Roger Yates:

:-D

 

Rob Jackson:

The next part progresses this.  You check that the audience has understood “So, does that make sense?  Vegans try to avoid using animals for any reason.  It's something they want to do because they don't think it's fair to the animals.”  Then, “So, why do you think someone might choose to be vegan?”  You're back into the game, waiting for their input.  Their answers determine your responses, and you can give as little or as much detail as the audience will appreciate. Perhaps rather than 'revealing the truth' we can instead show a path to it?  So, using this approach, it is less about what you are comfortable saying to young people and more about what their current level of understanding is.

 

Roger Yates:

A follow-up, please

 

Rob Jackson:

Go ahead

 

Roger Yates:

Thanks - and thanks for that great answer. I've done work for the Irish Animal Education Trust and I think we did as you suggest - find ways and means. We did a "categories game" when the children put nonhuman animals into different groups - and then we moved them around to show how animal use differs with culture. I think the details of this are in Paul Vogels transcript if anyone wants to have a look. Thanks again. Next up is Jason Ward... Jay....

 

Jason Ward:

Thanks Roger. Would you please explain what vegan-organic growing is and how it might be different from non-vegan growing?

 

Rob Jackson:

There's a vegan trade off between non-organic production (erroneously called 'conventional'!) that uses pesticides and organic production that relies on animal exploitation (in the form of manure, fish, blood, hoof and horn). One big objection I've heard of veganism is that we wouldn't be able to grow crops without using animal wastes.  Vegan-organic growing disproves that by using no animal inputs.  And it also avoids manufactured chemical inputs too.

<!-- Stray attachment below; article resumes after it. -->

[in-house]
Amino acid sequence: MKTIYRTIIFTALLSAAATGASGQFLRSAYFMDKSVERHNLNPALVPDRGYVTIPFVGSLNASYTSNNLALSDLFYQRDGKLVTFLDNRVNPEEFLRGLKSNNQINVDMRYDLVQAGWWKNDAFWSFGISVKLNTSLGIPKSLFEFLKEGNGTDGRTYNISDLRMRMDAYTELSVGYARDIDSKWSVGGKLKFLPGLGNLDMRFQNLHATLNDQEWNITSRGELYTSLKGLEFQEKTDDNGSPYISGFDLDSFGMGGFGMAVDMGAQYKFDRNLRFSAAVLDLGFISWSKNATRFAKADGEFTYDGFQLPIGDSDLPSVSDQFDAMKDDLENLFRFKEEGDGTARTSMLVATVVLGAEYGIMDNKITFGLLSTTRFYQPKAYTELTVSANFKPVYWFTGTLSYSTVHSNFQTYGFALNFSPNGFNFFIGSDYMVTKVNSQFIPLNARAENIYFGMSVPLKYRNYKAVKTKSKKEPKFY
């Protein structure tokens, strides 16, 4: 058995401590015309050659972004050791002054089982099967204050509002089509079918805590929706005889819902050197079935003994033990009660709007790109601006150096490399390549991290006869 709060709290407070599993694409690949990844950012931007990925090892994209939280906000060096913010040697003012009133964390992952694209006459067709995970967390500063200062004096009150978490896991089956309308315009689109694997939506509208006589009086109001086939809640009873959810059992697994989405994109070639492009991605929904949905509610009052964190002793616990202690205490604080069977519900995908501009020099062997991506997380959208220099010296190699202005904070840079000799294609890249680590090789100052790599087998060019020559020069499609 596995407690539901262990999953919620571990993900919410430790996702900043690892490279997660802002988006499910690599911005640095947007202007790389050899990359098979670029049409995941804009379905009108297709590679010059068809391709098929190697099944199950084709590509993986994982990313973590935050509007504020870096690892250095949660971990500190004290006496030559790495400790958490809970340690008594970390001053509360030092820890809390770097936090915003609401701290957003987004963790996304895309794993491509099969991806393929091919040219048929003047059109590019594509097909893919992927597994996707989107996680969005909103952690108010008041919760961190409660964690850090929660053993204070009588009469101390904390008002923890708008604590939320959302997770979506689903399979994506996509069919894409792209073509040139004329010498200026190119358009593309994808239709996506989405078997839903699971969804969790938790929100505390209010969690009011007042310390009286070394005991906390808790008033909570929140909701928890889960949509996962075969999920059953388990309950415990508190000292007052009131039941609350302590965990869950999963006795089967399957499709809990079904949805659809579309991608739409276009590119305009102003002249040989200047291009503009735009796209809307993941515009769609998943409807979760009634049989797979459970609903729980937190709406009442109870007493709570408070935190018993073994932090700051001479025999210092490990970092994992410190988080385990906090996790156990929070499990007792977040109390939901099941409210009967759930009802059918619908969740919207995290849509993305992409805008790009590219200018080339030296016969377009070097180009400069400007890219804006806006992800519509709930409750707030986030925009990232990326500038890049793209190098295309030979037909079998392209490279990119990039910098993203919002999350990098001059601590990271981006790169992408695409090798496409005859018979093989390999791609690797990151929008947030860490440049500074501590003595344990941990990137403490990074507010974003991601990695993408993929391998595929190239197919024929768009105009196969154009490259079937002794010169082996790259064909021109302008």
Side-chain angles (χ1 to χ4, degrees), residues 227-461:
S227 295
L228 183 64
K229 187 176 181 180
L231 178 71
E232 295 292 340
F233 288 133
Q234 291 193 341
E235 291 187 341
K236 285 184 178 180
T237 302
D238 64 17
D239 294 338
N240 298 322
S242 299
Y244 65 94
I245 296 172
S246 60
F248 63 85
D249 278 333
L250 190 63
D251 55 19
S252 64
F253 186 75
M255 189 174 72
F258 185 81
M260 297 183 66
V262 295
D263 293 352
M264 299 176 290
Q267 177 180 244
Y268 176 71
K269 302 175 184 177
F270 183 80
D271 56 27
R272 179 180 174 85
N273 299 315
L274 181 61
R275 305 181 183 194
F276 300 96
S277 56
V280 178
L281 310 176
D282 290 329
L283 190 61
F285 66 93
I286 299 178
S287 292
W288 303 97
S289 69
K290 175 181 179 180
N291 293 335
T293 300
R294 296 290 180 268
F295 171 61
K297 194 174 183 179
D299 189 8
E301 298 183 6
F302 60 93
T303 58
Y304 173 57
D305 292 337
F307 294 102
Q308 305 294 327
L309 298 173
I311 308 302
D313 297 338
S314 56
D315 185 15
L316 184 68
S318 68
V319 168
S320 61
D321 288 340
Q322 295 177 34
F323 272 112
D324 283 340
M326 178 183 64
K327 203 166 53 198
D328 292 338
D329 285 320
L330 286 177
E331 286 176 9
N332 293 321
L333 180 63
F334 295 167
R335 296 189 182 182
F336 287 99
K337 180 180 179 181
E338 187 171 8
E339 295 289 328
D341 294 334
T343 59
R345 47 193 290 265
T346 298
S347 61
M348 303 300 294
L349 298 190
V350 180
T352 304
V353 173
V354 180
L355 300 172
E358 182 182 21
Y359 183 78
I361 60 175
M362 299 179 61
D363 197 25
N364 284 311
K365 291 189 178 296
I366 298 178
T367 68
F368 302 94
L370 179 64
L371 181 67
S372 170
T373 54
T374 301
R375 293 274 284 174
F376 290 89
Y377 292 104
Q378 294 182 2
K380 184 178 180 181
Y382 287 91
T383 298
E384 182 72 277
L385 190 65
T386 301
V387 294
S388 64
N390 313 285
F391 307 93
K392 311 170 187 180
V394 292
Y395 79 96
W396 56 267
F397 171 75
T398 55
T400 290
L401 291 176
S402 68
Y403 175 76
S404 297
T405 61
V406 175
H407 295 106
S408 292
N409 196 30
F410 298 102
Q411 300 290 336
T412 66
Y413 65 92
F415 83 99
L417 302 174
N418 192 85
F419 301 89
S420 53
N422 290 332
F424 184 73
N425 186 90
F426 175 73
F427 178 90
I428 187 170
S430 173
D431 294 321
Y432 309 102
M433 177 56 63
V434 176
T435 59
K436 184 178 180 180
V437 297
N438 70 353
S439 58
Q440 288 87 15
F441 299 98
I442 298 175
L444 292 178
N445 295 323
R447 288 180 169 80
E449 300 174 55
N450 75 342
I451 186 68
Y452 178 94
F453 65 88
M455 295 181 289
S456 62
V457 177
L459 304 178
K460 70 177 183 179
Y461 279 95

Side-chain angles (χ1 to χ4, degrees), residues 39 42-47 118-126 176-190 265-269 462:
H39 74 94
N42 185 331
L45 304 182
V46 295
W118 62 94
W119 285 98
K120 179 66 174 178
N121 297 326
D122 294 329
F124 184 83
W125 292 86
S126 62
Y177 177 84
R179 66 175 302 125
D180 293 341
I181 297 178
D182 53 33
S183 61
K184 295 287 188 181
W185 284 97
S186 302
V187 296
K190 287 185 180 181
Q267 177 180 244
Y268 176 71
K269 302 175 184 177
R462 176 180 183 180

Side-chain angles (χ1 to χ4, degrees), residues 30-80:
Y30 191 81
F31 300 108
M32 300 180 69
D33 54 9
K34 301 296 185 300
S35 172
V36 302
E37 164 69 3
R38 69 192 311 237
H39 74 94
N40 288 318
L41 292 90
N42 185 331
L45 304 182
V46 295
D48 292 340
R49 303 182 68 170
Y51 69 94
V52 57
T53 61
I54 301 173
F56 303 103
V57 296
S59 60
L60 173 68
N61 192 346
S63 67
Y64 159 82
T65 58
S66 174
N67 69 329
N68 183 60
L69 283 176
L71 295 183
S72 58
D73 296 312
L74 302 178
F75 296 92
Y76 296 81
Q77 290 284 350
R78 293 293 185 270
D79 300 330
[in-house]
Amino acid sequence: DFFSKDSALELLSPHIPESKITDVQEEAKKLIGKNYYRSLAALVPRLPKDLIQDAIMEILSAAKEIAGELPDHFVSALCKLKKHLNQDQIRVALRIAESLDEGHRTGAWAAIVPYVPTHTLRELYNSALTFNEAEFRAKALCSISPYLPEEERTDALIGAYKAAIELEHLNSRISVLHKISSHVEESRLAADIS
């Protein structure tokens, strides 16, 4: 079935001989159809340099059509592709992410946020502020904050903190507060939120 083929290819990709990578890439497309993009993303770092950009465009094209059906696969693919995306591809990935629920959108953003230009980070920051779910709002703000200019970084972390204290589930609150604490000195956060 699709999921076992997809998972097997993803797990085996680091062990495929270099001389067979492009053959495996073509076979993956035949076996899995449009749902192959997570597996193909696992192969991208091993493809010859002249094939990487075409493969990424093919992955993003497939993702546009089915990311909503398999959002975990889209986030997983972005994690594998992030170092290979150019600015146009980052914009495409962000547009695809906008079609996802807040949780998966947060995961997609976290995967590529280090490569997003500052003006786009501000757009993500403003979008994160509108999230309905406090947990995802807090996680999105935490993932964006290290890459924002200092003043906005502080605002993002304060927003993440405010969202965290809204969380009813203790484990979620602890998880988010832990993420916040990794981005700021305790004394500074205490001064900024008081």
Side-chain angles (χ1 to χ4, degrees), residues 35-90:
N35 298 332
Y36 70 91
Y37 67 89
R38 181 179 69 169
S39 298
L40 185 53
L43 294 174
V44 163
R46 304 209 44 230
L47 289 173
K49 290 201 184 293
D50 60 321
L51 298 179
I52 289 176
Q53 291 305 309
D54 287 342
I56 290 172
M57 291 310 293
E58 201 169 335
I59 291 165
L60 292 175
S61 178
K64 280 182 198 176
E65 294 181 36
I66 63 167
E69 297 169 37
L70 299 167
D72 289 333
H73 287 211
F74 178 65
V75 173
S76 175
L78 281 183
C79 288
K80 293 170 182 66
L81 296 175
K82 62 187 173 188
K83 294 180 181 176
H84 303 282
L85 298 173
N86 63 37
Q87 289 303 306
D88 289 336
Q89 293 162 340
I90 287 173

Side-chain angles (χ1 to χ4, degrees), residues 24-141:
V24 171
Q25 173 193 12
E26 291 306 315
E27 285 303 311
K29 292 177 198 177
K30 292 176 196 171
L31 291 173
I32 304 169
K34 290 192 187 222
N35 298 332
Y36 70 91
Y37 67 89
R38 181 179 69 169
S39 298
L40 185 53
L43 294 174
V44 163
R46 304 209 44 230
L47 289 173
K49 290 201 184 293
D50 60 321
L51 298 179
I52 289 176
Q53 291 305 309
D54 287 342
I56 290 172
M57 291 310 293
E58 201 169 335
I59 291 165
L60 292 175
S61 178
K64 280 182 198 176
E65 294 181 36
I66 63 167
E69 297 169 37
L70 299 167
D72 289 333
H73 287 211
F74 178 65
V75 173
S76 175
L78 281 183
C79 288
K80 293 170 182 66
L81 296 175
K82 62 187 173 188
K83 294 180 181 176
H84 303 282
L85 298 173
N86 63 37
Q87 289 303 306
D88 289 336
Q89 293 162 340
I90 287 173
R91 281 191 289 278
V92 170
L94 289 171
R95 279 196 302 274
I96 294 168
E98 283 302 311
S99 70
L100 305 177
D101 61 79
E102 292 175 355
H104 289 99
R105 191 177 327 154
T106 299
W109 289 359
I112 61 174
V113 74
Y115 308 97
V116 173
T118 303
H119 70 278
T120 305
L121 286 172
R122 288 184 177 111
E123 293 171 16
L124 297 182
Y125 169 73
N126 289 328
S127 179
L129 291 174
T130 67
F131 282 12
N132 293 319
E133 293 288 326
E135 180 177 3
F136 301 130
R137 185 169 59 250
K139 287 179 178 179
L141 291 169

The basis of the system is a renewed reliance on age-old techniques such as mixed cropping, crop rotation, green manures, companion planting and habitat management - combined with permaculture principles it makes for a very robust system. You can read more here http://www.veganorganic.net/, http://www.stockfreeorganic.net/, http://www.goveganic.net/ and watch a short video here http://www.youtube.com/watch?v=_7RlPSk4t-Y Unfortunately, crops grown like this are not widely available (yet!) but the Vegan-Organic Network have developed a set of standards that growers can apply for, allowing them to use their 'mark', hoping to popularise the method.